Validate product idea, advise how to improve the MVP, the ultimate goal - make a product that users will love
1 Product Manager, 2 UX/UI Designers
3 months of active work and 7 months of support
Research, scope definition, UX/UI design, dev support
Launched MVP (in implementation stage as of time of posting this case study, though you can check it here pantram.co)
Pantram was a third iteration of the client’s idea. The product changed its destination several times while using the same technology and frameworks. This indicated that market fit was missing, and the product was adapting to meet different user goals and needs. After several pivots, the client decided to conduct research to establish the problem and proceed to a solution rather than going backward.
Pantram was a webpage builder at its core and a document and form builder on the outside. After establishing a target audience - freelancers, the client formed a hypothesis that this tool can cover a need for gathering requirements during any project. So the client approached us to validate his idea, challenge it, and help to improve it. Here is the story of how the product evolved.
- Open-minded client who wanted to follow a proper process
- Full design process from discovery to supporting implementation
- Client shared results of qualitative and quantitative research
- Conducted competitor research
- Limited by the framework that was applied in current solution
- Target persona was not clear at the beginning
- A lot of indirect competitors
- Broad context of project management
As usual, we started by exploring existing capabilities. We discovered that, actually, the current product has many functional drawbacks and UX issues. At the same time, we revealed what features we can re-use and what can become the core functionality we can build the product idea on.
We felt that we need to clearly establish what problem we want to solve and for whom.
To validate assumptions about the target audience, the client conducted user interviews and shared results of quantitative user research. We processed the data, defined what pains the potential target audience has, what they seek to get, what benefits they are looking for, what are current processes and tools they use. Having this insight we were able to make more rational and informed decisions.
For the next stage of the discovery phase, we conducted competitor research. We aimed to answer the following questions: Are there any direct competitors who cover the pains and meet needs that we discovered? Are there any indirect competitors that can still soothe the pains? And of course, checked website builders to gather inspirations and patterns that users were already used to. We also looked at how these competitors position themselves, what is their traffic - is there a demand for these types of products. What is their monetization strategy and how do they earn? What are the key features they put on the table?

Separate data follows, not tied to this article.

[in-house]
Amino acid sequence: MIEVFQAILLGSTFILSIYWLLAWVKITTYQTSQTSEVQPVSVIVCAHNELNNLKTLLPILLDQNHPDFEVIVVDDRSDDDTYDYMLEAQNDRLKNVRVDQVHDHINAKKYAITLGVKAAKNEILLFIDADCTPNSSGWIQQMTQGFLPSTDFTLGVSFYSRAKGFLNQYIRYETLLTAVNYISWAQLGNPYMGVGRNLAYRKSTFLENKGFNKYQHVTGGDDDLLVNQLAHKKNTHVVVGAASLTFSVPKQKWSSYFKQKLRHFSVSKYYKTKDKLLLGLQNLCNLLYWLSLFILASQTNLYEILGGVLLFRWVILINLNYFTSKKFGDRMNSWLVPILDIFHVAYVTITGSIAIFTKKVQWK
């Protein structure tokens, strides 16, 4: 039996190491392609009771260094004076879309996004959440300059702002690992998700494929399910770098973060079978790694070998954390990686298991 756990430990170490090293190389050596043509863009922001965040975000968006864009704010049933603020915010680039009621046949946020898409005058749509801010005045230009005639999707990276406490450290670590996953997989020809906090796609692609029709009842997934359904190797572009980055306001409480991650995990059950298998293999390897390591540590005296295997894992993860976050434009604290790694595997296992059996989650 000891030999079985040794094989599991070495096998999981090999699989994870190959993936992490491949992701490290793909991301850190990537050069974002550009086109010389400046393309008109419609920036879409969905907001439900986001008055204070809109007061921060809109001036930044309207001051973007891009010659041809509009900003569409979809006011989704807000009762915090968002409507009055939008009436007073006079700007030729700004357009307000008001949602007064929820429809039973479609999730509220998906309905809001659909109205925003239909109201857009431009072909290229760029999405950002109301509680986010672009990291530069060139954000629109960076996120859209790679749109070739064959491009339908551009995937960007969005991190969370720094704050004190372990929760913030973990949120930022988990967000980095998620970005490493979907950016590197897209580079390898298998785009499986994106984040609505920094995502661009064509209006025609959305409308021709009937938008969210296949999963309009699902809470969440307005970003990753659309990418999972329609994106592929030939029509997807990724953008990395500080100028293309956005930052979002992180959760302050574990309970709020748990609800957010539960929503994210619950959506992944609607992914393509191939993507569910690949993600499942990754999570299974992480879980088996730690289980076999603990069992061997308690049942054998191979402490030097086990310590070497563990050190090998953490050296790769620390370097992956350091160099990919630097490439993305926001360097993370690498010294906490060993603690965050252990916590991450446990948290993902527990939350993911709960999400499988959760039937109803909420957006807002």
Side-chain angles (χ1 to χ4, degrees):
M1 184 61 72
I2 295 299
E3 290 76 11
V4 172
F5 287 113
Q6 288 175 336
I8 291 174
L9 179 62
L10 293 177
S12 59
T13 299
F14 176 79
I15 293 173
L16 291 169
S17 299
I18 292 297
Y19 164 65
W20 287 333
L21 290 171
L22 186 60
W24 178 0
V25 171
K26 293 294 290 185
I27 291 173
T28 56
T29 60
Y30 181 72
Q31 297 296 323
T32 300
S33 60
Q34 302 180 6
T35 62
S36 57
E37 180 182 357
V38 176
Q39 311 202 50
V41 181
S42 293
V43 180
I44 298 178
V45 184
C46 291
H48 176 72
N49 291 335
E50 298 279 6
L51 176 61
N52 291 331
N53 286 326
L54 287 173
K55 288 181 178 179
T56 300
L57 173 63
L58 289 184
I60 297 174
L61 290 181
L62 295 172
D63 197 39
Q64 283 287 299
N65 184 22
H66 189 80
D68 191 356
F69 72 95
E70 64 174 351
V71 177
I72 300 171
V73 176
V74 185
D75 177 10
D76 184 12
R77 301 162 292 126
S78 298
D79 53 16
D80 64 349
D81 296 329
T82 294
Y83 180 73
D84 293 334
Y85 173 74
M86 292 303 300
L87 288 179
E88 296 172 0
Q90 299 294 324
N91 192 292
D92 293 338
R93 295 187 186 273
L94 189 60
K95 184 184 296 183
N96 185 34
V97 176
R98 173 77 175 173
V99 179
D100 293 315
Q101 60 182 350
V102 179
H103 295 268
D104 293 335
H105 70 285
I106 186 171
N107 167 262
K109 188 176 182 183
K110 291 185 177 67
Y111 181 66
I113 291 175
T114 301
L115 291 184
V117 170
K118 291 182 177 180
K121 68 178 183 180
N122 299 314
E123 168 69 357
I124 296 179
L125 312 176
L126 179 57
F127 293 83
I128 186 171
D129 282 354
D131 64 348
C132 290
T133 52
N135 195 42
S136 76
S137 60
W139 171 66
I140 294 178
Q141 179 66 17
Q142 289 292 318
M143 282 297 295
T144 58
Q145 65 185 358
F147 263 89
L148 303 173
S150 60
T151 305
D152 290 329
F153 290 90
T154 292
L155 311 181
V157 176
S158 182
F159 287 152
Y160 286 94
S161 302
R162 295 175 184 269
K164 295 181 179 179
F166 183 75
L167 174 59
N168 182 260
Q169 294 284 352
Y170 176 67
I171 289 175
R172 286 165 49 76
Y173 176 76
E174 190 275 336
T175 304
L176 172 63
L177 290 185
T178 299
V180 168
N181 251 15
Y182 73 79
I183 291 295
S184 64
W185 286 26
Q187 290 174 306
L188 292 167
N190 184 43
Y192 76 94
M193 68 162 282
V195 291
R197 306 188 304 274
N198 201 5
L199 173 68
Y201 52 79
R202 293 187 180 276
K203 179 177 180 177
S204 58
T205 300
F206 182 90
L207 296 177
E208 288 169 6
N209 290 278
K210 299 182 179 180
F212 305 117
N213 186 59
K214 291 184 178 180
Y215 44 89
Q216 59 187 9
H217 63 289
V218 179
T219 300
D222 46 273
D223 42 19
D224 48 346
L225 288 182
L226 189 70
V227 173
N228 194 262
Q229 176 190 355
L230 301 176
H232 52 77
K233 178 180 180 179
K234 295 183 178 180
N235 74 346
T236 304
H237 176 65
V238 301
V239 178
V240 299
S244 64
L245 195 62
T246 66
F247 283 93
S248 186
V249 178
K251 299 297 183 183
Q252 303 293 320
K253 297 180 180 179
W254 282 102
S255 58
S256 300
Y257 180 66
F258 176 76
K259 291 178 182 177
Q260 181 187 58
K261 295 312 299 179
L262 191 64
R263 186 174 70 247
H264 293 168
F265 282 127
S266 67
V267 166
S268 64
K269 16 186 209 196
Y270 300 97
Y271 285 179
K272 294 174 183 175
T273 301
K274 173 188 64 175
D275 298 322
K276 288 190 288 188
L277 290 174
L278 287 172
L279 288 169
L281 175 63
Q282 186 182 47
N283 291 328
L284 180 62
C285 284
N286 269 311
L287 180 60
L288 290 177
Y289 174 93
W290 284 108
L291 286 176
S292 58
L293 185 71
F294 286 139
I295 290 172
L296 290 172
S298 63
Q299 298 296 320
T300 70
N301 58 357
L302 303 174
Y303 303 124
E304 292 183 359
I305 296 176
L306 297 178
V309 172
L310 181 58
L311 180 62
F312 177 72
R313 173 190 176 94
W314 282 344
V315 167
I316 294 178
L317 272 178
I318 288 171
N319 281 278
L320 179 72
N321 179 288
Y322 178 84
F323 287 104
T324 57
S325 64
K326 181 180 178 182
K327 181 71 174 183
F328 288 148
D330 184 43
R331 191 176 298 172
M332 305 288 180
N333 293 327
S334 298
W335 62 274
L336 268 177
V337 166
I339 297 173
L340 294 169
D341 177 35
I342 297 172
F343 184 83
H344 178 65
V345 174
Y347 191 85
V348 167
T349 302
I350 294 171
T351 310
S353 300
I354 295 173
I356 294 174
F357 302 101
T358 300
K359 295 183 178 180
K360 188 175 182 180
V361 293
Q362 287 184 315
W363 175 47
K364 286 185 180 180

At this stage, we had an understanding of market demand and competitor positioning.
After user research and competitor research, we had plenty of ideas, where this product can be heading to. To structure these ideas and define what really meets the needs of our target persona, we used a customer journey framework. This way we defined the vision of the product that would be ideal to build to fully satisfy the needs of the target persona. However, only the market can truly validate our assumptions, that’s why all products start with the MVP phase.
So our next step was prioritizing features, taking into account user value and effort for design and development, and those features with the highest user value which are easier to implement - were considered to be included in MVP. We also took into account what features are mandatory for a product to be functional.
Those features that were left out of MVP scope could be implemented at later stages and become building blocks for the product roadmap.
The Wireframing stage is a way to generate ideas and validate them fast. So we experimented with concepts and layouts of the page and created a clickable prototype to test it and receive early feedback from the target audience. The feedback was considered to make adjustments and improvements to make the product more usable.
After setting down the core functionality, the next step would be to wrap it up in “look and feel”. We considered that our target audience is modern and techy so UI design was creative, modern, and at the same time simplistic and neat.
Builder and created page
Discussions about project and tasks
Landing page design and implementation
Product design does not stop when the product is designed. One of the most important aspects is positioning and marketing. In order to create a strong brand, a website or landing page should convey the same values and thus have a similar look and feel. This is why the landing page of the Pantram product was laconic and clean. Furthermore, we implemented a fully responsive landing page in Webflow, which allowed us to create a website faster without involving developers. As the product will grow and evolve in time, it would be very easy to make changes and tweaks.
In order to reach the best result and ensure that design is properly implemented, all features and flows work as intended, we maintained close collaboration with the implementation team and provided feedback on all deviations while prioritizing them, so that the team could concentrate on critical issues first and create backlog of improvements for future.
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